When is copyright reform possible?
James Boyle* suggests some answers to this question, based on his experience as expert adviser to the Hargreaves Review. The Review conducted in the UK resulted in a number of changes to UK copyright law including the introduction of new exceptions. In (When) is Copyright Reform possible Boyle identifies a number of factors that can bring about positive copyright reform including political will to change copyright law, and public engagement with copyright issues. Will these conditions hold in South Africa?
The government department which exercises oversight over copyright recently held stakeholder meetings and received proposals on amendments to the current copyright legislation in South Africa. The initial impetus for this process seems to be a concern that musicians, are not receiving what is due to them from collecting societies. In 2011 the Copyright Review Commission began an investigation into collecting societies. Why? One reason is a finding by the United Kingdom Intellectual Property Commission, which considered the impact of intellectual property on developing countries, that South Africa receives far less in the way of royalties than remits to wealthier countries – for literary and artistic works. I briefly reviewed the report by the commission when it was released in August 2012, and Shiham Shaik analysed the implications of the report for universities.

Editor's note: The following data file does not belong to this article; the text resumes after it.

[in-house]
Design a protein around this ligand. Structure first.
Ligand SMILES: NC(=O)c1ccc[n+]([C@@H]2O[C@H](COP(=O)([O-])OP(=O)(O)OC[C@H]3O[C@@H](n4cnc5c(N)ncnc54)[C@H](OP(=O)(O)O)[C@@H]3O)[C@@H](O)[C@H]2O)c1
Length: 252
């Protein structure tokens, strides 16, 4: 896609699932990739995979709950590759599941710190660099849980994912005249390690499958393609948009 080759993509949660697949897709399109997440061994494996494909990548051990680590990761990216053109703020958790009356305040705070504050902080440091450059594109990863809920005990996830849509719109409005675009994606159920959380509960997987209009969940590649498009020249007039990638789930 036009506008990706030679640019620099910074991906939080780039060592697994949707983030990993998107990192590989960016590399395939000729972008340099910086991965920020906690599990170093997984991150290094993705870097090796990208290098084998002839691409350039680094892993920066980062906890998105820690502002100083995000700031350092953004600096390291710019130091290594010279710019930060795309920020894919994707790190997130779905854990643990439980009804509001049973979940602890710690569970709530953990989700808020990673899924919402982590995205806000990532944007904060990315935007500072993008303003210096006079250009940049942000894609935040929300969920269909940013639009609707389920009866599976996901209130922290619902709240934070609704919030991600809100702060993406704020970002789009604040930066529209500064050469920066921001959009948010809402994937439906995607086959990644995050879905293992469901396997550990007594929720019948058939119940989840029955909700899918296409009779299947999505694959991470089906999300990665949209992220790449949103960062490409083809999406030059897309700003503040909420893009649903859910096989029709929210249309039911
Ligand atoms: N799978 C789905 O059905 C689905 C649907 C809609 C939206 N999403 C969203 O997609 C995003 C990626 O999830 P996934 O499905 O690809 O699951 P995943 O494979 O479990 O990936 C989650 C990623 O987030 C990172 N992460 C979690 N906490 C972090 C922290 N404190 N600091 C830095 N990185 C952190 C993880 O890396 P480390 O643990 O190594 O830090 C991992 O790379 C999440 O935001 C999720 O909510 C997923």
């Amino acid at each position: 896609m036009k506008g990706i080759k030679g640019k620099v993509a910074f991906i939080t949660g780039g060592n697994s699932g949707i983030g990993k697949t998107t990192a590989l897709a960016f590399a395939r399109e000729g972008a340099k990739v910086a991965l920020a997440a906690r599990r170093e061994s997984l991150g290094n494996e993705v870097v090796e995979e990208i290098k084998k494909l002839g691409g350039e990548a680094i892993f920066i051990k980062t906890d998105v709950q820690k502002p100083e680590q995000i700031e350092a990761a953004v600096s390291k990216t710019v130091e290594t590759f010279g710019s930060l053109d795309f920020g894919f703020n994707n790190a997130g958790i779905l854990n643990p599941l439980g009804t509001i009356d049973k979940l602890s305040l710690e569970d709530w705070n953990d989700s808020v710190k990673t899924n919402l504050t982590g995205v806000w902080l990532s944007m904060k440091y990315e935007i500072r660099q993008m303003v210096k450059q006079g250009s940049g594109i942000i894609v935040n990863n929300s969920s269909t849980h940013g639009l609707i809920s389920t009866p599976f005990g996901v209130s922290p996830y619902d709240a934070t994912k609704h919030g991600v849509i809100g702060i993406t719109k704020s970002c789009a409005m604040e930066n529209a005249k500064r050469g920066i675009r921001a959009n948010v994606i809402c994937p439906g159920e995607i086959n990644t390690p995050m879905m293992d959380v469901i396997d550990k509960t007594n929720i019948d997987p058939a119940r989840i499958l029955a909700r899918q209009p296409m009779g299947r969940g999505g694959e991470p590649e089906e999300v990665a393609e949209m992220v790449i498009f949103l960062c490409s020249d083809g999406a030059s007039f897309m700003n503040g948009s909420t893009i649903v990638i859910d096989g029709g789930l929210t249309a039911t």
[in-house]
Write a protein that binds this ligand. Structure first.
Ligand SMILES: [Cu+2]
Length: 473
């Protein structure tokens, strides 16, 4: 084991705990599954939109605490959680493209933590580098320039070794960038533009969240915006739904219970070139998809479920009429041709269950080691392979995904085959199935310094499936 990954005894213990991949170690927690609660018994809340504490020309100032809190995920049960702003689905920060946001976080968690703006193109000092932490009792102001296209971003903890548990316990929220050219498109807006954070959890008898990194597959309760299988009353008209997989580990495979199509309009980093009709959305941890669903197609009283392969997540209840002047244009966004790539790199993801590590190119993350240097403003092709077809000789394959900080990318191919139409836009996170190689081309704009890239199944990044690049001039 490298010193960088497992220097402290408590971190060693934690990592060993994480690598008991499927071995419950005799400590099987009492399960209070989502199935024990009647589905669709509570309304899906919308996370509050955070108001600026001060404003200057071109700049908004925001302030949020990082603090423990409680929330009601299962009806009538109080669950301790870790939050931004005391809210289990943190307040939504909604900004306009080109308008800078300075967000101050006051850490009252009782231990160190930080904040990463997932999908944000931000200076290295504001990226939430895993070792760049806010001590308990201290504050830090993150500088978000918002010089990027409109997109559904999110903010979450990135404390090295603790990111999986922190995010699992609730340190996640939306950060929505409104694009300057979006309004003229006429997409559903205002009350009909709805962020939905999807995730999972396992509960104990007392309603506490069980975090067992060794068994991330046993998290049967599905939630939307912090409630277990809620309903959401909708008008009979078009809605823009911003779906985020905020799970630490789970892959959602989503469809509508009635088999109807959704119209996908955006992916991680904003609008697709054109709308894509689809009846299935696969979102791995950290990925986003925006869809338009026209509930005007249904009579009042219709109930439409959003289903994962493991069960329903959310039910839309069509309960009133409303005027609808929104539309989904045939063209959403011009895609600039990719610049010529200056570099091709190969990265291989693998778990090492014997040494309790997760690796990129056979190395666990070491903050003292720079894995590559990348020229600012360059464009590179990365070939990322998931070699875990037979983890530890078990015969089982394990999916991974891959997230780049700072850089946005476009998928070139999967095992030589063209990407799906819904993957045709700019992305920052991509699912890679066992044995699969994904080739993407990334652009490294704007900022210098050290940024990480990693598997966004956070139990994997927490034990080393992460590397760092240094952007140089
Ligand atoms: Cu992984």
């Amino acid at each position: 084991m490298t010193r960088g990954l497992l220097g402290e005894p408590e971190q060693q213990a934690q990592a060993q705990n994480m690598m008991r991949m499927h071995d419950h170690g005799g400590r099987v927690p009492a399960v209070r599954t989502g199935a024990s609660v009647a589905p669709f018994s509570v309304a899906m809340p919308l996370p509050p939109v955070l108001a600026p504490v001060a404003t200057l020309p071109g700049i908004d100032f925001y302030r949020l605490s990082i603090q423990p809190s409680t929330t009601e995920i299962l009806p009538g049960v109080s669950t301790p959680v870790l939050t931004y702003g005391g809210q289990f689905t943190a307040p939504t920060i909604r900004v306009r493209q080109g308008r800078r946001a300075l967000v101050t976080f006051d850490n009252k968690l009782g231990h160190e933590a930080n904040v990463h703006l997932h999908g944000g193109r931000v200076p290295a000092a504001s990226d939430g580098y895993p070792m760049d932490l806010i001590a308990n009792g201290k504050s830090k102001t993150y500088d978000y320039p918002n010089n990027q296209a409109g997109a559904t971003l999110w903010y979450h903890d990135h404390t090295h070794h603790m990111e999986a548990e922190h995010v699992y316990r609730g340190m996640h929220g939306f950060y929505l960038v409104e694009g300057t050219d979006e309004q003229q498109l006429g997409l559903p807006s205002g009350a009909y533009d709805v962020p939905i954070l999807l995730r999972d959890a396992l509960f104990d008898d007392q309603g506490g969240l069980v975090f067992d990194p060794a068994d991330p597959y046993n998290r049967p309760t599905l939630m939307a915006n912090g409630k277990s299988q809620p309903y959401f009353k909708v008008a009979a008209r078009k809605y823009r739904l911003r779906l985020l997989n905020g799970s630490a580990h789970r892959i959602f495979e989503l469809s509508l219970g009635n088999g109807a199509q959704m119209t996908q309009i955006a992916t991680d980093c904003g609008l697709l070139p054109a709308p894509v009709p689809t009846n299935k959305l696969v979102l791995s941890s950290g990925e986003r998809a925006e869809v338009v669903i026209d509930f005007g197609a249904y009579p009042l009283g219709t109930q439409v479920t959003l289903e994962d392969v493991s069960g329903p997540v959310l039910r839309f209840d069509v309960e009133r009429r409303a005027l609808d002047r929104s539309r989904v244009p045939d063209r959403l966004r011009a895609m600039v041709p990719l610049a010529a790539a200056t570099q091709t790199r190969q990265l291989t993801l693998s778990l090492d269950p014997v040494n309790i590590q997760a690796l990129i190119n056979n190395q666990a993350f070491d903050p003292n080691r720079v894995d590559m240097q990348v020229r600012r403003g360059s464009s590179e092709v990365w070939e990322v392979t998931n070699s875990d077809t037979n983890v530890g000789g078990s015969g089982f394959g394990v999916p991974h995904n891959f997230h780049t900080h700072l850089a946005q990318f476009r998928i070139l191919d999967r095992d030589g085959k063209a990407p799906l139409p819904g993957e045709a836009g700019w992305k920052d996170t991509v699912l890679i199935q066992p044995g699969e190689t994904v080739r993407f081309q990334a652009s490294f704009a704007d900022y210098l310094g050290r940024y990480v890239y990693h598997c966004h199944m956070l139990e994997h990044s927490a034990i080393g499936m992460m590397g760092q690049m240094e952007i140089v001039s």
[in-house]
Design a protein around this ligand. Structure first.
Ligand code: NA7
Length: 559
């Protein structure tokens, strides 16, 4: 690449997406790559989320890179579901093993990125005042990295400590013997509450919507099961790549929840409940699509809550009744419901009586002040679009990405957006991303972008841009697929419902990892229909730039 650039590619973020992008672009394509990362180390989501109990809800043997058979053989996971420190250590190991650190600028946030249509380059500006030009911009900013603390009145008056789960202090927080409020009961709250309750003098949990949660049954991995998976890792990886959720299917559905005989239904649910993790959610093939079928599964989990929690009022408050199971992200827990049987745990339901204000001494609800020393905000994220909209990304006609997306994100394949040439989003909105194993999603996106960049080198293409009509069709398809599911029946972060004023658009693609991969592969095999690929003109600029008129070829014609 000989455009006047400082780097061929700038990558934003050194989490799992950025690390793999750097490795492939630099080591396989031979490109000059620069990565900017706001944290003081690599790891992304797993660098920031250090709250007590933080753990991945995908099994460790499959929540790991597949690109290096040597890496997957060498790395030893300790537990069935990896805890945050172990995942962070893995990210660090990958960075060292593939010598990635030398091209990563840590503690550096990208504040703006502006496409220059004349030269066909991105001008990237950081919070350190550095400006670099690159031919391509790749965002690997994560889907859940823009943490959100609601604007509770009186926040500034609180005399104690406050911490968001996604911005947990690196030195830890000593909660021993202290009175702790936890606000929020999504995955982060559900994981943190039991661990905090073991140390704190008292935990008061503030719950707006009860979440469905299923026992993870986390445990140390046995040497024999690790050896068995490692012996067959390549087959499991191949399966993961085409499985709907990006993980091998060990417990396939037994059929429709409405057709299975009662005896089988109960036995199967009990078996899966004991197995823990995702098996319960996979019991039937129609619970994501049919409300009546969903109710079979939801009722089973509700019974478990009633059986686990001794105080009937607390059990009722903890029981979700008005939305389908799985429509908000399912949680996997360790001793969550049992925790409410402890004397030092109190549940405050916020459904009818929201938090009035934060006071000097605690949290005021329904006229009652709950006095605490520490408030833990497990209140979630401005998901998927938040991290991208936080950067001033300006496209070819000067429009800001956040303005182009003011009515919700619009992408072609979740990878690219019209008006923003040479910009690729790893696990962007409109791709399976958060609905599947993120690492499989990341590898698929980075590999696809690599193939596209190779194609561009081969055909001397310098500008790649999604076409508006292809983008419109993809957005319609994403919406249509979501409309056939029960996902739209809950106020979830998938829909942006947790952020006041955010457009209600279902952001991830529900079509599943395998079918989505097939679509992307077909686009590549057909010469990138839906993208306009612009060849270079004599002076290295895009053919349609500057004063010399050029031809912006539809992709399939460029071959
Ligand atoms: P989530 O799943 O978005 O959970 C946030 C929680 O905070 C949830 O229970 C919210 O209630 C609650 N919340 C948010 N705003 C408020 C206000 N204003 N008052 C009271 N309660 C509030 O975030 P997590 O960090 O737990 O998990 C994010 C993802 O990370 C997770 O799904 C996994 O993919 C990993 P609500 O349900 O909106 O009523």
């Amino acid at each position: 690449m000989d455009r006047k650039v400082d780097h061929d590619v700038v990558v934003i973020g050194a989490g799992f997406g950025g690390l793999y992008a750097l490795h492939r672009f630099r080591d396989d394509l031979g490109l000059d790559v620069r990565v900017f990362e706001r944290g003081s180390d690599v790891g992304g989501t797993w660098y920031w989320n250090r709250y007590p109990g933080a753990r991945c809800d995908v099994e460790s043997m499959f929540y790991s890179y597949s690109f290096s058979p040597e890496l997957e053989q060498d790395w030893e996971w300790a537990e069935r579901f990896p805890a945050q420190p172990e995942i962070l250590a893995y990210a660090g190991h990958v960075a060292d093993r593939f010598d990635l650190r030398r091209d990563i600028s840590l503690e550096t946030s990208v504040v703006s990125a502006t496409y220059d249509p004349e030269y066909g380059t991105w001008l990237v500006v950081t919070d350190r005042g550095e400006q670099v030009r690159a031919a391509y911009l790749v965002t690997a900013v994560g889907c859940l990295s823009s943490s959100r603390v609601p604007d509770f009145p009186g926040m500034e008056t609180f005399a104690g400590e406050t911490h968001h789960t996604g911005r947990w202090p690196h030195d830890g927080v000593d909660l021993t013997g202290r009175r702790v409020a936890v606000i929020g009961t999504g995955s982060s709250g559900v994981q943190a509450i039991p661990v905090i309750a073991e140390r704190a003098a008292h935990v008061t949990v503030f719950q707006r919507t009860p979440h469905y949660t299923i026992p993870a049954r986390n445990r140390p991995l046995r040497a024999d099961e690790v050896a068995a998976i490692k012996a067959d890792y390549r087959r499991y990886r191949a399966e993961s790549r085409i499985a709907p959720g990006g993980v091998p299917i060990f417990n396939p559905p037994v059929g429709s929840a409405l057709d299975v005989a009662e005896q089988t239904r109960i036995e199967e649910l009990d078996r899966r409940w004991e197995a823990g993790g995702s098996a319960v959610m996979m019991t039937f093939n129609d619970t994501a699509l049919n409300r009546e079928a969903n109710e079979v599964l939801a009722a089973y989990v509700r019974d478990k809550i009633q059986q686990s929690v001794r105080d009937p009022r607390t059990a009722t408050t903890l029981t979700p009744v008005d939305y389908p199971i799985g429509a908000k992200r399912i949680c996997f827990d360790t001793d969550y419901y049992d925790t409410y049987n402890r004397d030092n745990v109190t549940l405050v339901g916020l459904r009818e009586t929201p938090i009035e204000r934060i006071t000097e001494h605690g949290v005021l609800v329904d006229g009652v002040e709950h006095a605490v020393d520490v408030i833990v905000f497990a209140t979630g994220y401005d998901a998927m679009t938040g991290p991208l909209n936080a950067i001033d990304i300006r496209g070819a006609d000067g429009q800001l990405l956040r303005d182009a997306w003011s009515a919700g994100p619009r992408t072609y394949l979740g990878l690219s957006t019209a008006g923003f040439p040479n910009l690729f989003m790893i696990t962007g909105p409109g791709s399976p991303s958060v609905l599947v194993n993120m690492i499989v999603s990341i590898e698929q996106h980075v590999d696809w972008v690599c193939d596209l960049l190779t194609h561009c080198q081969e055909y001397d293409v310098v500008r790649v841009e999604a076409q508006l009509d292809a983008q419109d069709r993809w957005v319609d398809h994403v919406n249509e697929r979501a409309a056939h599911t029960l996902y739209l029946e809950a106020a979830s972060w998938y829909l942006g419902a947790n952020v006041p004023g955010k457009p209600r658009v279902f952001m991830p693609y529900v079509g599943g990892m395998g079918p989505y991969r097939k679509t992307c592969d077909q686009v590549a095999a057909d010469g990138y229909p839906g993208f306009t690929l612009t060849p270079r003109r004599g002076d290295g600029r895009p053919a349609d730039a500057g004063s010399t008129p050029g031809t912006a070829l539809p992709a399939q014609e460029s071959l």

Following the public workshop some fifty legal scholars (including yours truly) wrote a letter to the Department of Trade and Industry stressing the necessity of Flexible Copyright Exceptions.Caroline Ncube explains that copyright law should be changee to end the book famine for the blind and other print disabled persons. The Association for Progressive Communications recommends the inclusion of fair use in the Copyright Act. Will these flexibilities be introduced into the Act? The next step is for the DTI to send a draft bill to Parliament some time soon.
*Professor Boyle is supervising my doctoral thesis.